MVP LAW GROUP – Immigration Q&A Forum, Friday, July 13, 2018

MVP Law Group, P.A. makes available the information and materials in this forum for informational purposes only. The information is general in nature and does not constitute legal advice or any contractual obligations. Further, the use of this site, and the sending or receipt of this information, does not create an attorney-client relationship between us. Therefore, your communication with us through this forum will not be considered as privileged or confidential.


Question #1 – Visa Bulletin

Where can I find the visa bulletin numbers?

Answer #1 – On the U.S. Department of State website: Visa Bulletin


Question #2 – Criminal Convictions

Will a criminal conviction impair my ability to receive a temporary visa?

Answer #1 – It depends upon the type of criminal conviction. Depending upon the seriousness of the criminal conviction, it is possible to be inadmissible and/or deportable for certain criminal convictions – crimes of moral turpitude, crimes involving domestic violence. You should speak with an Immigration Attorney to further discuss your situation.


Question #3 – Immigration Petition for Alien Relative

As a U.S. citizen, for whom can I file an I-130 Form?

Answer #3 – As a USC, you may sponsor (file an I-130, Immigration Petition for Alien Relative) petition on behalf of your Immediate Relatives – Parents, Spouse, and Children who are under 21 and unmarried. Visas are always available for Immediate Relatives of USCs.

You may sponsor other family members who are not immediate relatives; however, the preference categories apply and you may experience significant delays in the sponsorship of those relatives depending upon their country of chargeability and relationship to you.
• First preference: Unmarried, adult sons and daughters of U.S. citizens (adult means 21 or older.)
• Third Preference: Married sons and daughters (any age) of U.S. citizens • Fourth Preference: Brothers and sisters of adult U.S. citizens


Question #4 – Green Card

Does Green Card processing duration depends on the country of birth or country of nationality?

Answer #4 – Chargeability is usually determined by country of birth. Exceptions are made to prevent the separation of family members when the limitation for the country of birth has been met.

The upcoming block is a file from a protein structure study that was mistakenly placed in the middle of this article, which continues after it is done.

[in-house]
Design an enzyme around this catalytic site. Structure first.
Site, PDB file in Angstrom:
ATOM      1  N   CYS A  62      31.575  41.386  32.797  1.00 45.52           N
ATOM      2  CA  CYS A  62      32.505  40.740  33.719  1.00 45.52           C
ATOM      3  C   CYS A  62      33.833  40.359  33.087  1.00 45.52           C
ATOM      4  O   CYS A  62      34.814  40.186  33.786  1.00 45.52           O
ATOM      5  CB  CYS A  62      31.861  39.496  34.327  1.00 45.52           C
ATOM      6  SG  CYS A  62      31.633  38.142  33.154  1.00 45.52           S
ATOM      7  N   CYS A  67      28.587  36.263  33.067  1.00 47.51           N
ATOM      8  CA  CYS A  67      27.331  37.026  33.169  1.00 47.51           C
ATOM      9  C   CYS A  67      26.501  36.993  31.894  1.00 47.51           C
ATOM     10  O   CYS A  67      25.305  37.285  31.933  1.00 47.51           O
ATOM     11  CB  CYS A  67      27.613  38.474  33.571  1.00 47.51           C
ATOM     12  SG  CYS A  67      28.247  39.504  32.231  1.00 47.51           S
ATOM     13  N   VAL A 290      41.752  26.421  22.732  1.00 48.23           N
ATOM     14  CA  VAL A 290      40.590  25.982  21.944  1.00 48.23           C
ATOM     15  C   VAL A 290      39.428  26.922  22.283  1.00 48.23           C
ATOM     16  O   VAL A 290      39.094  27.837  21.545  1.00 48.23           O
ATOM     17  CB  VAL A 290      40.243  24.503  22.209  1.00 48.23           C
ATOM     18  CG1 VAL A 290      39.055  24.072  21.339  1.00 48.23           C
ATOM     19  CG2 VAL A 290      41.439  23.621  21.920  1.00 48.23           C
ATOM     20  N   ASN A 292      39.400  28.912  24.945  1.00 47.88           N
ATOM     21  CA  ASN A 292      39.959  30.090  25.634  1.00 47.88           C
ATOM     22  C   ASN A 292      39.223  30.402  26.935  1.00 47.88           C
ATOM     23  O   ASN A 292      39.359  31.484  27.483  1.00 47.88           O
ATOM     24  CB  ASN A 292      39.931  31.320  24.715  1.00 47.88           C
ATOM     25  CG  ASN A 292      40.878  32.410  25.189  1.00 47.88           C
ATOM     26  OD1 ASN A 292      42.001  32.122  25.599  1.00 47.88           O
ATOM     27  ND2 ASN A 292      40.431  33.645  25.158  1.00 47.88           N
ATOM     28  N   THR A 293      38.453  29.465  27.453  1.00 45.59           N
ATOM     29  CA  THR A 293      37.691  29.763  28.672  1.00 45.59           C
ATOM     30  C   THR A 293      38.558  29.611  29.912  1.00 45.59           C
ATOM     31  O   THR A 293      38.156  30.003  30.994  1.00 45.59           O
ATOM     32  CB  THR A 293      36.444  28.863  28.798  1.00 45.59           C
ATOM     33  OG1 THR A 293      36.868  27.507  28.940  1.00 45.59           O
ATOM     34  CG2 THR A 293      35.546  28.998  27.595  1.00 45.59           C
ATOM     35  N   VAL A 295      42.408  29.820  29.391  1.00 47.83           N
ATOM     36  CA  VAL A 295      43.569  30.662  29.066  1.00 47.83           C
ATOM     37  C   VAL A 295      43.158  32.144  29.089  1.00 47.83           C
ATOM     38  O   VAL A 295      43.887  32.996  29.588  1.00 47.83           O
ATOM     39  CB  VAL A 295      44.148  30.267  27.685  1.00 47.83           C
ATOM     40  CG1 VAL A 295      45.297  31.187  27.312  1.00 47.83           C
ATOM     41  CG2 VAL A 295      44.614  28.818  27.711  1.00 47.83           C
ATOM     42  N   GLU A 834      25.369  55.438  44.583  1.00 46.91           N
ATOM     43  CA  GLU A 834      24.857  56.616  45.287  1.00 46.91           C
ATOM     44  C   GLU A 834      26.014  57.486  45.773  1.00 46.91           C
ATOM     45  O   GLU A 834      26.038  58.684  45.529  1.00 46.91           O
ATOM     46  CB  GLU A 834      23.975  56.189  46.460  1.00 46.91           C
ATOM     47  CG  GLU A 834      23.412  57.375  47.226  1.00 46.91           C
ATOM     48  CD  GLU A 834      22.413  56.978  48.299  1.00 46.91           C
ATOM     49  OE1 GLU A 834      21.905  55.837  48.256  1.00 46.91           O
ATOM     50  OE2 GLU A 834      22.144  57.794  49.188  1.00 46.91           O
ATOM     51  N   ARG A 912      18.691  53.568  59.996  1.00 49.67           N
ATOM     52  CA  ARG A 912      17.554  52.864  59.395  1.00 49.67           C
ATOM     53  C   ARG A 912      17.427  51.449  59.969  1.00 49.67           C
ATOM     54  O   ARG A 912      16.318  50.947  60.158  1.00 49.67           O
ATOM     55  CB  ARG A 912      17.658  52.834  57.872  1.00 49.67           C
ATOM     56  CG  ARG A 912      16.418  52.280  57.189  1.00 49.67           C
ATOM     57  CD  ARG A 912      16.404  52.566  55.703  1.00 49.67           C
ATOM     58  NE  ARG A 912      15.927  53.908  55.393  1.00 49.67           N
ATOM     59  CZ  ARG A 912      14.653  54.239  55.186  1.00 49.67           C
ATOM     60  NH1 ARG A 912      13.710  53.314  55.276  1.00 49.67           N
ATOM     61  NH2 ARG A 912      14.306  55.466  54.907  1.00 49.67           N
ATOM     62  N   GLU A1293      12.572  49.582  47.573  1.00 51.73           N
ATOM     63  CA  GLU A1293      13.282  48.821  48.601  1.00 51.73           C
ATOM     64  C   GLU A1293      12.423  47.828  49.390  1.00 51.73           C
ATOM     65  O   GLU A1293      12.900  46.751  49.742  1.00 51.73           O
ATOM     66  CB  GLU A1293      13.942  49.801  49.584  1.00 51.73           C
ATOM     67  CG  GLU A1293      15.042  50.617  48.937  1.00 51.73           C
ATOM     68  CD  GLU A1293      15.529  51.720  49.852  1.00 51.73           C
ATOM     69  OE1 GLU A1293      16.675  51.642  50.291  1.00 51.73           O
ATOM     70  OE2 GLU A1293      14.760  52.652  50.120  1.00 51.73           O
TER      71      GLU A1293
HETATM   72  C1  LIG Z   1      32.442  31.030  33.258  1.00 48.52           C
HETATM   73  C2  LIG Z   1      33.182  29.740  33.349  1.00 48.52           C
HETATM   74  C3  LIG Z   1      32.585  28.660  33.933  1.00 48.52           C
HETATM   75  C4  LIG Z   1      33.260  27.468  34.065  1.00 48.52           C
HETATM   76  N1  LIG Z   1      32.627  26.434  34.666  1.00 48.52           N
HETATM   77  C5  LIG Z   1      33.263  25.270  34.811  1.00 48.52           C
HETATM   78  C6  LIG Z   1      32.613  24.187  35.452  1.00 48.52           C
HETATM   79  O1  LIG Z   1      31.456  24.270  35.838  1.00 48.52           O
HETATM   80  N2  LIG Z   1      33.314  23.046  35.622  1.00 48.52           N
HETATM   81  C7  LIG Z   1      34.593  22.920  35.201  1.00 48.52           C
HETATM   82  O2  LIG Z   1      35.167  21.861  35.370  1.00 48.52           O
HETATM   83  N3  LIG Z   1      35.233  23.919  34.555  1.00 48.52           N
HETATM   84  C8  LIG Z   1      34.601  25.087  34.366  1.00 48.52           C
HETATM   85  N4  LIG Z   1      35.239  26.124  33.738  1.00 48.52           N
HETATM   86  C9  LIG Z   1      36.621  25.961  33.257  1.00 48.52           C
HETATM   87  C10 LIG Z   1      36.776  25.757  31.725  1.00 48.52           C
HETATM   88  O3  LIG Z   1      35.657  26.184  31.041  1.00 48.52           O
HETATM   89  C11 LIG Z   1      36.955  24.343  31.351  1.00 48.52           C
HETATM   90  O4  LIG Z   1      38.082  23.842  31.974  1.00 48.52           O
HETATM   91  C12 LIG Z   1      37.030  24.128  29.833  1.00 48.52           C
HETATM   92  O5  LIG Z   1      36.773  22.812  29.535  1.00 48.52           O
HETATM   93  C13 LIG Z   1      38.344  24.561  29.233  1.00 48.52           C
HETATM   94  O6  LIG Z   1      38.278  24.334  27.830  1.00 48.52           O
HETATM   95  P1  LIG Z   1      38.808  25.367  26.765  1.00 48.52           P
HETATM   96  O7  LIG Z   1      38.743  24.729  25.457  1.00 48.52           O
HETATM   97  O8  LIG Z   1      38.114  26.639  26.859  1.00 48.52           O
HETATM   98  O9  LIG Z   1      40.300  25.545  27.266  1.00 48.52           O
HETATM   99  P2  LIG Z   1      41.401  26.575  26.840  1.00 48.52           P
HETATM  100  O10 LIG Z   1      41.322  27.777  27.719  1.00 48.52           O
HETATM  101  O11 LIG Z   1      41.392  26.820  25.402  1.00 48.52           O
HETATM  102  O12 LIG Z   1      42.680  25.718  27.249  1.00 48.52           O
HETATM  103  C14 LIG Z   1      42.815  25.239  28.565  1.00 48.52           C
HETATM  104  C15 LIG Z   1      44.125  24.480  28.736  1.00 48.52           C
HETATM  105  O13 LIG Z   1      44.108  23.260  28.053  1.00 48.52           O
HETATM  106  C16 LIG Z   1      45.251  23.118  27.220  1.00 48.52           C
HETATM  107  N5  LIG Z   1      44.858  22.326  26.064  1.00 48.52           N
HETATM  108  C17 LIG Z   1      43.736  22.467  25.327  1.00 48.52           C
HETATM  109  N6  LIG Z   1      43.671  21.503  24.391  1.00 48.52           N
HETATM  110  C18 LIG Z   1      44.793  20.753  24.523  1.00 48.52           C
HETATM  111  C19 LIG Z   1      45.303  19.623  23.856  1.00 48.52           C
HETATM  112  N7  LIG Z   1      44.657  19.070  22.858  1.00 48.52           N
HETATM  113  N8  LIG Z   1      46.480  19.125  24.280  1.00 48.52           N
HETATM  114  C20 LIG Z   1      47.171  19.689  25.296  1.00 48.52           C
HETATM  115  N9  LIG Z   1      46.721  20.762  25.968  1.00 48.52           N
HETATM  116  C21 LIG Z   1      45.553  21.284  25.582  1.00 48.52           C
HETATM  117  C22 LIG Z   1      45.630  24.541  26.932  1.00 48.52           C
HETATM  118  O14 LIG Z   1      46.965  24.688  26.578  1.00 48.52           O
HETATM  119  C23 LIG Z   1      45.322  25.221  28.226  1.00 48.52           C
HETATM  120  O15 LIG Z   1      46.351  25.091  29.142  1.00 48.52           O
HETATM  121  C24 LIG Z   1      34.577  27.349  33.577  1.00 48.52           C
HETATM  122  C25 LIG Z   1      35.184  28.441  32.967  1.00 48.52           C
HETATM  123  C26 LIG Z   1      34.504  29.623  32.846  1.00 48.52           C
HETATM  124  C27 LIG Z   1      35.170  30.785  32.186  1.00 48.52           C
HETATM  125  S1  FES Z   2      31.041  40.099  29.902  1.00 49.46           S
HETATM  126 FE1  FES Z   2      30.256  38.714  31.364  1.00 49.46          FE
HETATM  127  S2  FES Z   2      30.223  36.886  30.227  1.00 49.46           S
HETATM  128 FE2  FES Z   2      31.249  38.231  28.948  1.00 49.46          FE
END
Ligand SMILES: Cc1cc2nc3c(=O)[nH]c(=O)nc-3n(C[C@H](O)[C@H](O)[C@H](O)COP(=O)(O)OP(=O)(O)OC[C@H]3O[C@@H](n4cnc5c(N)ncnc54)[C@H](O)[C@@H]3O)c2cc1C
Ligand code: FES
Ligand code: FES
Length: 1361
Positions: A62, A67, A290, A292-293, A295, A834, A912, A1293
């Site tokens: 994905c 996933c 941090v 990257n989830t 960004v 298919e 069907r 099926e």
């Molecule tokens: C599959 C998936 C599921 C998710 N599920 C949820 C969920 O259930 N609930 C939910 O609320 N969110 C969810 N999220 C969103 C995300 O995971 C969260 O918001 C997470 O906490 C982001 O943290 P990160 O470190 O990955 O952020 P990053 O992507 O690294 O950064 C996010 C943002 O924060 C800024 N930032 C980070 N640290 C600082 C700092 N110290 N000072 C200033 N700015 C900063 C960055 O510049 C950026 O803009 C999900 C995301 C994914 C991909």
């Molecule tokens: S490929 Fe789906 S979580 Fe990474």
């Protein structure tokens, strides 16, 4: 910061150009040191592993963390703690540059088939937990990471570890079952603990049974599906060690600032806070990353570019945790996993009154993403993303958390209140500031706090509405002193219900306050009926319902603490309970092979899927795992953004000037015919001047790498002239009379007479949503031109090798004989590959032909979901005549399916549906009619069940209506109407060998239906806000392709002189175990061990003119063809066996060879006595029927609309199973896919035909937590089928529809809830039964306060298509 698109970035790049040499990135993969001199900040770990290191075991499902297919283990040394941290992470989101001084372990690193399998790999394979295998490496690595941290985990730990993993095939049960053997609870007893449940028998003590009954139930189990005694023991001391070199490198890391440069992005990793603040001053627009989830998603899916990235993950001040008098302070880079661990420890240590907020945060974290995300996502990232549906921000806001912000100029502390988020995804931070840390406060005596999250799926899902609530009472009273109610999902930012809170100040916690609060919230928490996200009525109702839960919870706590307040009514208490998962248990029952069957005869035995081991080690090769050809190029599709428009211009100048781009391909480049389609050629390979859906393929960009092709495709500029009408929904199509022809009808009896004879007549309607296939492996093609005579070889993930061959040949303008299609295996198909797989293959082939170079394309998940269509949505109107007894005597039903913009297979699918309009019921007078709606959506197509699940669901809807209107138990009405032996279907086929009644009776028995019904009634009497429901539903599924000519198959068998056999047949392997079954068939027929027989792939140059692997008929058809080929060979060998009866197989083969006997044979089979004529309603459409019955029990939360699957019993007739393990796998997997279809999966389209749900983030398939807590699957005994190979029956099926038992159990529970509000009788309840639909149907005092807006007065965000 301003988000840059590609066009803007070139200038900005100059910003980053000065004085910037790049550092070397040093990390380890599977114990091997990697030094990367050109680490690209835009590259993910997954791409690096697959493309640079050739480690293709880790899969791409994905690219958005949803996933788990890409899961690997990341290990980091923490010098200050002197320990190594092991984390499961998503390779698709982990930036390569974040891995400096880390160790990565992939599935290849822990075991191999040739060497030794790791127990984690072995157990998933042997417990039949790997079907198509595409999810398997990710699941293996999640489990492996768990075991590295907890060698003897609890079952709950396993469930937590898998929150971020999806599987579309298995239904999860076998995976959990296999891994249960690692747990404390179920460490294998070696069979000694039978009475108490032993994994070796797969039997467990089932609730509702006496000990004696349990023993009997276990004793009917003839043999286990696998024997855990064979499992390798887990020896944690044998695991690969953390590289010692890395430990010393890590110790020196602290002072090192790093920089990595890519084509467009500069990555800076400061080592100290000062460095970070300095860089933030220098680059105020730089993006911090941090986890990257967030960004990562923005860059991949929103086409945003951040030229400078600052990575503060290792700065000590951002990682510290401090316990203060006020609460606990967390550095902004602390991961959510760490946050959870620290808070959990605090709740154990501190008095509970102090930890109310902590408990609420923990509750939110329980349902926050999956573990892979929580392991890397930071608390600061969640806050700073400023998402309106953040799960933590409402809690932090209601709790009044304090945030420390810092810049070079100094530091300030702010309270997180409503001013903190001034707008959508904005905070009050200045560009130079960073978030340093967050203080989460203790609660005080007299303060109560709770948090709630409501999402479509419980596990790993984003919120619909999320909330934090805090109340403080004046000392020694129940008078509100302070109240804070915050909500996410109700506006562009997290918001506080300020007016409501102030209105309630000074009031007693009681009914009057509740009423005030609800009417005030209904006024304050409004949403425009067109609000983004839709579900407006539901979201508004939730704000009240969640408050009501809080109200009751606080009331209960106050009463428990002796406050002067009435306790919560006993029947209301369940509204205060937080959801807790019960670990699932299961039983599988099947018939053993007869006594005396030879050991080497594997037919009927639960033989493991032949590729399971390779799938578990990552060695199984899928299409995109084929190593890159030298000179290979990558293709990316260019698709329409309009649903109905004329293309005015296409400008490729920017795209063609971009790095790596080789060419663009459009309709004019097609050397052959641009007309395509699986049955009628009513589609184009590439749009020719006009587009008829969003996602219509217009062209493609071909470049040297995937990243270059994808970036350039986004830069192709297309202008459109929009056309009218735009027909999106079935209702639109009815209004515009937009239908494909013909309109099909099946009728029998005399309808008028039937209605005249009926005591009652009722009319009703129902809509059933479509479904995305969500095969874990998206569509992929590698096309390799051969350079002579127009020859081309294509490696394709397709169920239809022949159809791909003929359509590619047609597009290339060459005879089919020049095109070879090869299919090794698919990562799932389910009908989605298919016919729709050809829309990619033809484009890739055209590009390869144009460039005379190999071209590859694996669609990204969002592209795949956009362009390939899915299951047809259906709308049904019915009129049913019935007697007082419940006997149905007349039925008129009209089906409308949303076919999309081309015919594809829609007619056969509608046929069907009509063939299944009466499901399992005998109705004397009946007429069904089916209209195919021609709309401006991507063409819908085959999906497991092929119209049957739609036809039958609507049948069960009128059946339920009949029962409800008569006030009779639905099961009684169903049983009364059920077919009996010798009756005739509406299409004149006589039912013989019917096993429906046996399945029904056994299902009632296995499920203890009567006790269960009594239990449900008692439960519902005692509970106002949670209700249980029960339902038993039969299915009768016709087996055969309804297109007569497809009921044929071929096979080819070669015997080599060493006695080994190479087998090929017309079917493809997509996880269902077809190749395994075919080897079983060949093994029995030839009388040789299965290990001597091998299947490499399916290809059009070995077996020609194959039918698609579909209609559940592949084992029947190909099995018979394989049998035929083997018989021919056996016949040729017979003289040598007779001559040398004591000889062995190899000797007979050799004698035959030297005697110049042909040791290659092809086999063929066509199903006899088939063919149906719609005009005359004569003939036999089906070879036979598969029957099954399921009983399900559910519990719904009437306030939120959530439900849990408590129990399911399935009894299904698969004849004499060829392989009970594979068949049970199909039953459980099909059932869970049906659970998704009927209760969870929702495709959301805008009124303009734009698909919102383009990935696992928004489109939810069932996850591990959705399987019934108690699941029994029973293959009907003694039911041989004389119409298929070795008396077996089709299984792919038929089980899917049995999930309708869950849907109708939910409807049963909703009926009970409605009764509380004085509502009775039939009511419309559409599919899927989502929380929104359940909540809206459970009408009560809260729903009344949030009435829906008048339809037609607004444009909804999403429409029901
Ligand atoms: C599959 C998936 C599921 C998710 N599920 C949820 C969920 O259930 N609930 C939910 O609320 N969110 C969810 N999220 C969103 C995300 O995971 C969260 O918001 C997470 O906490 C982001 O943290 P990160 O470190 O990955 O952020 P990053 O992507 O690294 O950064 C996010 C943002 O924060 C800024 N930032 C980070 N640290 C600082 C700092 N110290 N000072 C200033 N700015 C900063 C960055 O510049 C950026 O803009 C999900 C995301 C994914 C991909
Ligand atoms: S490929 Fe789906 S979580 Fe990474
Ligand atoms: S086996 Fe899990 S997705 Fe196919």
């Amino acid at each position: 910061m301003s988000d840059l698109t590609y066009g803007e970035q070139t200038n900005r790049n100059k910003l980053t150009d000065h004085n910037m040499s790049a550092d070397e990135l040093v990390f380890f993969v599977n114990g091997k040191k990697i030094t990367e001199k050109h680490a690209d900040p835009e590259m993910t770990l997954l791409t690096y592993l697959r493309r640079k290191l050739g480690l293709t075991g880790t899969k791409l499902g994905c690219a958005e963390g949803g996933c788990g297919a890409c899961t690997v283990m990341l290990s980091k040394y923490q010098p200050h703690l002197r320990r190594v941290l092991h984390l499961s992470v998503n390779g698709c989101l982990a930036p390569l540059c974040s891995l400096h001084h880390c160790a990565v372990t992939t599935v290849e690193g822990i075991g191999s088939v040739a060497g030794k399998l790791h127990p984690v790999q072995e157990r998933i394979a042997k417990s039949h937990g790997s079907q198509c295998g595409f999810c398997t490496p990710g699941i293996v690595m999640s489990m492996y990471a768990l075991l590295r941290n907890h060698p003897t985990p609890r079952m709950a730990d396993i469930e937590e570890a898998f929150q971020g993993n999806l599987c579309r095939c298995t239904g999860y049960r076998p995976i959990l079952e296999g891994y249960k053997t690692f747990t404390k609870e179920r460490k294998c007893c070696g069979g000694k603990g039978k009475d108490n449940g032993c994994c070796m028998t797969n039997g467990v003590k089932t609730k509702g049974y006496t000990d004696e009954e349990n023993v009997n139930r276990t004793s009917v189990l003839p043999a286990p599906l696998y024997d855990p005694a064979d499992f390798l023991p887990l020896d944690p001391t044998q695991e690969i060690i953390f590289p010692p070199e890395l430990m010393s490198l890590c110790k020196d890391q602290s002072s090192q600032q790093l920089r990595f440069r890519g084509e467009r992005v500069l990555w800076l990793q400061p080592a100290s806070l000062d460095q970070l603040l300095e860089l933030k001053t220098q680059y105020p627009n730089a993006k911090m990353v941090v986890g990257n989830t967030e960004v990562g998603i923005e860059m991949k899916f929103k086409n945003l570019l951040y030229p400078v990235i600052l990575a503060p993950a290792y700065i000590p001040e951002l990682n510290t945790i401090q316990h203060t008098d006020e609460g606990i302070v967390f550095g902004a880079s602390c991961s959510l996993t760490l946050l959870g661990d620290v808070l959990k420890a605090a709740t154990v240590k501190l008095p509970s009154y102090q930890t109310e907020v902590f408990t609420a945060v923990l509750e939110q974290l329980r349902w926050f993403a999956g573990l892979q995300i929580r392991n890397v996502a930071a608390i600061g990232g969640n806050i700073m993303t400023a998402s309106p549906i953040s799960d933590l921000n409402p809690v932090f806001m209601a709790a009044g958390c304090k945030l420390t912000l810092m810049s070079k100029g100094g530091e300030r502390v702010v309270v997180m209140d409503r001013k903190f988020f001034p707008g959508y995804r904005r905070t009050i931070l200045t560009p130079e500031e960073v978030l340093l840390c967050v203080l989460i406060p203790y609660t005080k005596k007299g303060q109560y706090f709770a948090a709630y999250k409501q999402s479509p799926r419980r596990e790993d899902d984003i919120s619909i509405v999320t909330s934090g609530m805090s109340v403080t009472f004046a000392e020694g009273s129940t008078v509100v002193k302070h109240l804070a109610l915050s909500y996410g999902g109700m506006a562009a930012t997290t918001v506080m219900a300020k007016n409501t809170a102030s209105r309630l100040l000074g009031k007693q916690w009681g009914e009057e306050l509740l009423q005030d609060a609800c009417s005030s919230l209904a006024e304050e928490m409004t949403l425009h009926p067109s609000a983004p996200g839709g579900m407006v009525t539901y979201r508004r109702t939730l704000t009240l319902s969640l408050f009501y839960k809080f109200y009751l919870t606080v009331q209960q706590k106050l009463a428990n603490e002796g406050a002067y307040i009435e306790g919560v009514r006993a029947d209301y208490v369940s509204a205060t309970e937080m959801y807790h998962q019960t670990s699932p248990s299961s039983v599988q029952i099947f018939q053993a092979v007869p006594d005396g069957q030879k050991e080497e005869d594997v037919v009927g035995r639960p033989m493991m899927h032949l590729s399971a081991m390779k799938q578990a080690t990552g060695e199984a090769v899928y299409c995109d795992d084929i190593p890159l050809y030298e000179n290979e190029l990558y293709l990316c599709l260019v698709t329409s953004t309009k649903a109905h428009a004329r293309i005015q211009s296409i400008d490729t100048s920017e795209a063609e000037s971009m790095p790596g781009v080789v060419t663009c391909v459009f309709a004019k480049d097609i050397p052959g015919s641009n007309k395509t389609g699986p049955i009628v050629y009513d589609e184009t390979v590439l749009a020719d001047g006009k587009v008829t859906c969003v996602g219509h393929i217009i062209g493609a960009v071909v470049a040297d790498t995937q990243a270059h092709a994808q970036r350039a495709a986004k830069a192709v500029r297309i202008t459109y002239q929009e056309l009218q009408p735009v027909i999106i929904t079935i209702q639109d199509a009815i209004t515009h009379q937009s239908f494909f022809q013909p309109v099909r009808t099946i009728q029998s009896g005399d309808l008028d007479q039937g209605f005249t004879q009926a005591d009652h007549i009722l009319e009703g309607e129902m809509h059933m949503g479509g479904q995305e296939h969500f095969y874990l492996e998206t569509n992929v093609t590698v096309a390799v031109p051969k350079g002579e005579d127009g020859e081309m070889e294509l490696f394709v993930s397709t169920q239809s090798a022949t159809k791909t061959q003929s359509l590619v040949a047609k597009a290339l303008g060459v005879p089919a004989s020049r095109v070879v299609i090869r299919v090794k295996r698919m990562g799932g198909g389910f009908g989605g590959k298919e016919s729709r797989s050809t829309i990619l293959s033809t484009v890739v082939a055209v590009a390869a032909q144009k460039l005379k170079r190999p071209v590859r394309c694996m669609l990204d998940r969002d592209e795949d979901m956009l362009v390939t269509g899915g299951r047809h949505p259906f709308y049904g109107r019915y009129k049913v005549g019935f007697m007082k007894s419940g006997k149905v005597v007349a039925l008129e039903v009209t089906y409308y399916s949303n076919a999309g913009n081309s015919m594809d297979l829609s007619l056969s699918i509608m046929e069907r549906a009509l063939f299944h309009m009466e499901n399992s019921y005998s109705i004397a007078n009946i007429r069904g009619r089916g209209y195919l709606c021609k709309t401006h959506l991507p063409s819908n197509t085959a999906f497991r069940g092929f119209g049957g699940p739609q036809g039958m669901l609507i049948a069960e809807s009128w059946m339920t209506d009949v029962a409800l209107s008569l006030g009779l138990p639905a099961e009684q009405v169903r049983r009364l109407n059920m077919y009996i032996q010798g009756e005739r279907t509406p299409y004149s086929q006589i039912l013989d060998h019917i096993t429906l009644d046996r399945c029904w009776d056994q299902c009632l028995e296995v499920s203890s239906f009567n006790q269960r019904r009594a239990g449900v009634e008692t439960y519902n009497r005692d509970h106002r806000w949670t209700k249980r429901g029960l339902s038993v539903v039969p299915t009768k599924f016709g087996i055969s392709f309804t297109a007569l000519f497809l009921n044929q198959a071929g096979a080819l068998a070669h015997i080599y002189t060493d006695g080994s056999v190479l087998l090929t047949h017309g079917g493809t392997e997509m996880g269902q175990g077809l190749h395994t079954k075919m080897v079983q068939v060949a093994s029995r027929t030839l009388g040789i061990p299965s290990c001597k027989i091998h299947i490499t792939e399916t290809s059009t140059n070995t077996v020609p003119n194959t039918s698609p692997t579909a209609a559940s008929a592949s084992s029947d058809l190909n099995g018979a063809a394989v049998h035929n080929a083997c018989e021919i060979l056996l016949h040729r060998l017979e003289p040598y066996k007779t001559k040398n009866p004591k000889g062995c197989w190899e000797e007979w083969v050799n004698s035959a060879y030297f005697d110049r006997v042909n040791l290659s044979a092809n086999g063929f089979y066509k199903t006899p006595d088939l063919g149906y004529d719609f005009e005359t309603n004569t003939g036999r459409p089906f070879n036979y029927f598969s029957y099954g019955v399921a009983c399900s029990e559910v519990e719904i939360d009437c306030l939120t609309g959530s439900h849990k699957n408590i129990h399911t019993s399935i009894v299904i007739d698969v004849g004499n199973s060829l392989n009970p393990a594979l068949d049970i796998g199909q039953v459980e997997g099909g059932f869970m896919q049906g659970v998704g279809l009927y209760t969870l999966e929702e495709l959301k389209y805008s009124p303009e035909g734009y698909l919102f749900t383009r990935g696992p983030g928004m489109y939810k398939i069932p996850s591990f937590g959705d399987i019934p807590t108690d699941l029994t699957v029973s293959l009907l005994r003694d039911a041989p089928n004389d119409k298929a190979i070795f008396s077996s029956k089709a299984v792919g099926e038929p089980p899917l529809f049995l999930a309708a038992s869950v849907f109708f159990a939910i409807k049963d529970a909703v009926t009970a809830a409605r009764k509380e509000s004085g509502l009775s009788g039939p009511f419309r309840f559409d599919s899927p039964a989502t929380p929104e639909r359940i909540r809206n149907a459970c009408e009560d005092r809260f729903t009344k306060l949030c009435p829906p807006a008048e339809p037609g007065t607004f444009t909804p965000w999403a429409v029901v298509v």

Question #5 – Employment Authorization (EAD)

I filed for my EAD renewal back in May and it is still pending. My current EAD expires next week. What are my options?

Answer #5 – Stop working once your current EAD expires and wait for the delivery of your new EAD. Or, if you are eligible/qualify, you may submit an expedite request to the USCIS through an INFOPASS Appointment at a local office.

USCIS Expedite Criteria:
• Severe financial loss to company or individual • Extreme emergent situation • Humanitarian situation • Nonprofit status of requesting organization in furtherance of the cultural and social interests of the United States • Department of Defense or National Interest Situation (Note: Request must come from official United States Government entity and state that delay will be detrimental to our Government)
• USCIS error • Compelling interest of USCIS


Question #6 – Green Card

If my wife just received her EAD, can she apply for a Social Security Number or does she have to wait until her Green Card is approved?

Answer #6 – Once you are officially authorized to work in the United States (issuance of an Employment Authorization Document) you may apply for a Social Security Number.


Question #7 – Affidavit of Support

What is an Affidavit of Support?

Answer #7 – USCIS: An affidavit of support is a document an individual signs to accept financial responsibility for another person, usually a relative, who is coming to the United States to live permanently.


Question #8 – General

How long can you lawfully stay in the United States before returning home after a visa expires?

Answer #8 – There is no safeguard/grace period written in the regulations; however, everyone should be aware of the 3 year/10 year bars. Persons who have accumulated 180 days or more of unlawful presence after April 1, 1997, and have then left the country, cannot return to the U.S. for 3 years. Persons who have accumulated one year or more of unlawful presence after April 1, 1997, and have then left the country, cannot return to the U.S. for 10 years.


Question #9 – H1B Nonimmigrant Work Visa

Is there a grace period for applying for an H-1B transfer after termination from a previous sponsoring employer?

Answer #9 – According to the USCIS, there is no grace period. In practice, a period of two weeks is a reasonable period of time in order to transition to new employment; however, the regulations do not provide for a grace period.


Question #10 – General

My name was spelled incorrectly on my I-797 receipt notice for my I-129. Can I have it corrected and will it affect the approval process?

Answer #10 – Contact the USCIS at 1-800-375-5283 and initiate a Service Request to correct the typographical error, so that the approval notice is accurate.



MVP Law Group would like to thank everyone who contributed a question or comment.

Our next “Immigration Q & A Forum” is scheduled for Friday, July 27, 2018!

Please remember to submit your questions/comments on our H1B Visa Lawyer blog!

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